Price plays a huge role for students of low socioeconomic status, pushing them to attend the least expensive (and often least selective) schools or to opt out of four-year colleges entirely. Rising costs also could play a role in dropout rates among poorer students, so the availability of financial aid for all four years is crucial to graduation.

One of the biggest problems identified in the book is a phenomenon dubbed "under-matching." Highly qualified students are aiming low in the college application process, attending less selective schools with lower graduation rates when they could easily be accepted to and graduate from more selective schools with higher graduation rates. Students most likely to under-match are low socioeconomic status students whose parents did not attend or did not graduate from college. The higher a student's income and parents' level of education, the less likely the student is to under-match.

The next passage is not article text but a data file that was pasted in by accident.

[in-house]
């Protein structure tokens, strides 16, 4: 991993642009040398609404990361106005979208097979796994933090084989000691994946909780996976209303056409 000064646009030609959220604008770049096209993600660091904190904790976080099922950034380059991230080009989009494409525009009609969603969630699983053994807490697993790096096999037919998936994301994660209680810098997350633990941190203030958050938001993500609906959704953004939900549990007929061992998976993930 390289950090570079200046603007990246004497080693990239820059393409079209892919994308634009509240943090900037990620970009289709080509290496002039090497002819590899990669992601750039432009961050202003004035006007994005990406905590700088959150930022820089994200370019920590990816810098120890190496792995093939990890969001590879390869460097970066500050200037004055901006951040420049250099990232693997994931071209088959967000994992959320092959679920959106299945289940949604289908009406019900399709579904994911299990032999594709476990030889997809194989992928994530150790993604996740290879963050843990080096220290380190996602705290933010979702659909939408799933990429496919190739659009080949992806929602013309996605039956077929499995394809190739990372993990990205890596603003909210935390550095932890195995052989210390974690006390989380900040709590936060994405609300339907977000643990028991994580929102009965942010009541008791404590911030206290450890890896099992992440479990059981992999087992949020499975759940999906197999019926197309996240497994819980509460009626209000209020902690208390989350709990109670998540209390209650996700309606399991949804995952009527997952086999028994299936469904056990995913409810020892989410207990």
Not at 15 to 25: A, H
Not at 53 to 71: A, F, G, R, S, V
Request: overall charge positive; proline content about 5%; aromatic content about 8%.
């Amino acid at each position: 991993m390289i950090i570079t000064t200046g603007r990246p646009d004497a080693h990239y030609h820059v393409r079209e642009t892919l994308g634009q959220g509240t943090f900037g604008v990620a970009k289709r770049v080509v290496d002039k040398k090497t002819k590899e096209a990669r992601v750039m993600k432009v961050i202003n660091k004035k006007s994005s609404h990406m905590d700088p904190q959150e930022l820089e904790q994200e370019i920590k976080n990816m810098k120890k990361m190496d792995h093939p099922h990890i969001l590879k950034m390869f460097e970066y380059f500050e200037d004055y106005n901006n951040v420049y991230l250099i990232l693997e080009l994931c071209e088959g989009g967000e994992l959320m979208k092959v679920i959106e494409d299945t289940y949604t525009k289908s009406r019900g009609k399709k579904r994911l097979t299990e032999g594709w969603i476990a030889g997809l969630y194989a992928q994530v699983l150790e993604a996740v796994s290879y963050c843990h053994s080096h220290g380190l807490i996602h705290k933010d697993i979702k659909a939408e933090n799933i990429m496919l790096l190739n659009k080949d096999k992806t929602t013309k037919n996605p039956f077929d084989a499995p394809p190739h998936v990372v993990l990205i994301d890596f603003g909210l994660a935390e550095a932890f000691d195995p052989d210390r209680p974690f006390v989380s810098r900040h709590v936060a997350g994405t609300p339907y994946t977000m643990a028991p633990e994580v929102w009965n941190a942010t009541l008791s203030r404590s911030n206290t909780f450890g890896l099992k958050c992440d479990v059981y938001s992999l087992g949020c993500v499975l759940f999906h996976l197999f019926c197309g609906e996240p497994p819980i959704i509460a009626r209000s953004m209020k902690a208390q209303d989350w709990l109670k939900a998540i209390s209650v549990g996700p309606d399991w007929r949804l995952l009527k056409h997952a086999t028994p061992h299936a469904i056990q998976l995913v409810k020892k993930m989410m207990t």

Based on this information, the authors suggest that schools focus their efforts on encouraging students to graduate in four years and to remain in school until they graduate. Keeping tuition low is a part of this, as are readjusting requirements to make graduating in four years more doable and, above all else, making it clear that students are expected to graduate in four years.

Graduation rates are gaining attention from other corners, as well. Washington Monthly included graduation rates in their recently released college rankings, and another study published this summer by the American Enterprise Institute compared graduation rates at colleges.The Education Department is also doing its part to make information on graduation rates available to students who complete the FAFSA on the Web.